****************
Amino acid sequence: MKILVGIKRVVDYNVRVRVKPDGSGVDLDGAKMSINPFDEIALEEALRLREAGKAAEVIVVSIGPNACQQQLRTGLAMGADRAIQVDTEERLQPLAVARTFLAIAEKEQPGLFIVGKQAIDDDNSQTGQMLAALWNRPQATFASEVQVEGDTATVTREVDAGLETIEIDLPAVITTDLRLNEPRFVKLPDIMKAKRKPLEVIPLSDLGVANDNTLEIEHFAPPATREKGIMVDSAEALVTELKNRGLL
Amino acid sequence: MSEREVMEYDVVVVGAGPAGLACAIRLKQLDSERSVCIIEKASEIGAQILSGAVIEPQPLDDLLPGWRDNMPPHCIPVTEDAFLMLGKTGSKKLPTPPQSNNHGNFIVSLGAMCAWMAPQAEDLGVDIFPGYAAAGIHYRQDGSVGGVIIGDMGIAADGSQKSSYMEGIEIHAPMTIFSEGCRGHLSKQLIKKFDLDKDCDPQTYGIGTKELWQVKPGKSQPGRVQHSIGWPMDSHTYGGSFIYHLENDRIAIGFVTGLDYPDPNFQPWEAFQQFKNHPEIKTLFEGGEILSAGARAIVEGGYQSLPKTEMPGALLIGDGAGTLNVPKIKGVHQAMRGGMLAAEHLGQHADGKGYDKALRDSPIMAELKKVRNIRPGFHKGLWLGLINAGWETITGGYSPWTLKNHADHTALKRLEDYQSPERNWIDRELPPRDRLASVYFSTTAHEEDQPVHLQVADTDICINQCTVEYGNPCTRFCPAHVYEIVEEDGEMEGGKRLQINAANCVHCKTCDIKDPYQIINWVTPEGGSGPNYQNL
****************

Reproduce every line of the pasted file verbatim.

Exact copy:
Amino acid sequence: MKILVGIKRVVDYNVRVRVKPDGSGVDLDGAKMSINPFDEIALEEALRLREAGKAAEVIVVSIGPNACQQQLRTGLAMGADRAIQVDTEERLQPLAVARTFLAIAEKEQPGLFIVGKQAIDDDNSQTGQMLAALWNRPQATFASEVQVEGDTATVTREVDAGLETIEIDLPAVITTDLRLNEPRFVKLPDIMKAKRKPLEVIPLSDLGVANDNTLEIEHFAPPATREKGIMVDSAEALVTELKNRGLL
Amino acid sequence: MSEREVMEYDVVVVGAGPAGLACAIRLKQLDSERSVCIIEKASEIGAQILSGAVIEPQPLDDLLPGWRDNMPPHCIPVTEDAFLMLGKTGSKKLPTPPQSNNHGNFIVSLGAMCAWMAPQAEDLGVDIFPGYAAAGIHYRQDGSVGGVIIGDMGIAADGSQKSSYMEGIEIHAPMTIFSEGCRGHLSKQLIKKFDLDKDCDPQTYGIGTKELWQVKPGKSQPGRVQHSIGWPMDSHTYGGSFIYHLENDRIAIGFVTGLDYPDPNFQPWEAFQQFKNHPEIKTLFEGGEILSAGARAIVEGGYQSLPKTEMPGALLIGDGAGTLNVPKIKGVHQAMRGGMLAAEHLGQHADGKGYDKALRDSPIMAELKKVRNIRPGFHKGLWLGLINAGWETITGGYSPWTLKNHADHTALKRLEDYQSPERNWIDRELPPRDRLASVYFSTTAHEEDQPVHLQVADTDICINQCTVEYGNPCTRFCPAHVYEIVEEDGEMEGGKRLQINAANCVHCKTCDIKDPYQIINWVTPEGGSGPNYQNL